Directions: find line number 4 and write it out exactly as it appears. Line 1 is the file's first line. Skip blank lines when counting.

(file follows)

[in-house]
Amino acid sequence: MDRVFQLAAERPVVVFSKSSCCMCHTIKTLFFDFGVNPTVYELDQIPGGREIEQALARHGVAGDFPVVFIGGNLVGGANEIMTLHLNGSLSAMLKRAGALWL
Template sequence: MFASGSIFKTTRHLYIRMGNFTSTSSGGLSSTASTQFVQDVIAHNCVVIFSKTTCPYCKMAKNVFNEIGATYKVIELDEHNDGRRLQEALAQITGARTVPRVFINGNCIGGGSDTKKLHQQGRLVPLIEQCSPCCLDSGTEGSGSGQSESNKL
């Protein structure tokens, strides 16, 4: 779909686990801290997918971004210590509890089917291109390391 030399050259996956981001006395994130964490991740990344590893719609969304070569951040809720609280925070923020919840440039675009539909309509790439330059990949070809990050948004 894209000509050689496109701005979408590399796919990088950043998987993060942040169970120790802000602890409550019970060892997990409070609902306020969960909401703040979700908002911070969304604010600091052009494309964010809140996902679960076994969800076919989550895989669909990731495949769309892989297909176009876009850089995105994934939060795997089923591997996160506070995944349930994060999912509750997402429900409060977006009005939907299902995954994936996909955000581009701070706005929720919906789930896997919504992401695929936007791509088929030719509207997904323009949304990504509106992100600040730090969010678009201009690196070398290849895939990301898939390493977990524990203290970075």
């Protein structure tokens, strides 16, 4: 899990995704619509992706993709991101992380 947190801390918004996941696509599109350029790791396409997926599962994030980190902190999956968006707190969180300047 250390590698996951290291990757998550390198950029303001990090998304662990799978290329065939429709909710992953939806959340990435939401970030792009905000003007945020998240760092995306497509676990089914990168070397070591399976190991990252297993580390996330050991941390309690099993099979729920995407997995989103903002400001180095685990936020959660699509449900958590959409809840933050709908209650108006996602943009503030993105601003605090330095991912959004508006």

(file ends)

């Protein structure tokens, strides 16, 4: 779909686990801290997918971004210590509890089917291109390391 030399050259996956981001006395994130964490991740990344590893719609969304070569951040809720609280925070923020919840440039675009539909309509790439330059990949070809990050948004 894209000509050689496109701005979408590399796919990088950043998987993060942040169970120790802000602890409550019970060892997990409070609902306020969960909401703040979700908002911070969304604010600091052009494309964010809140996902679960076994969800076919989550895989669909990731495949769309892989297909176009876009850089995105994934939060795997089923591997996160506070995944349930994060999912509750997402429900409060977006009005939907299902995954994936996909955000581009701070706005929720919906789930896997919504992401695929936007791509088929030719509207997904323009949304990504509106992100600040730090969010678009201009690196070398290849895939990301898939390493977990524990203290970075």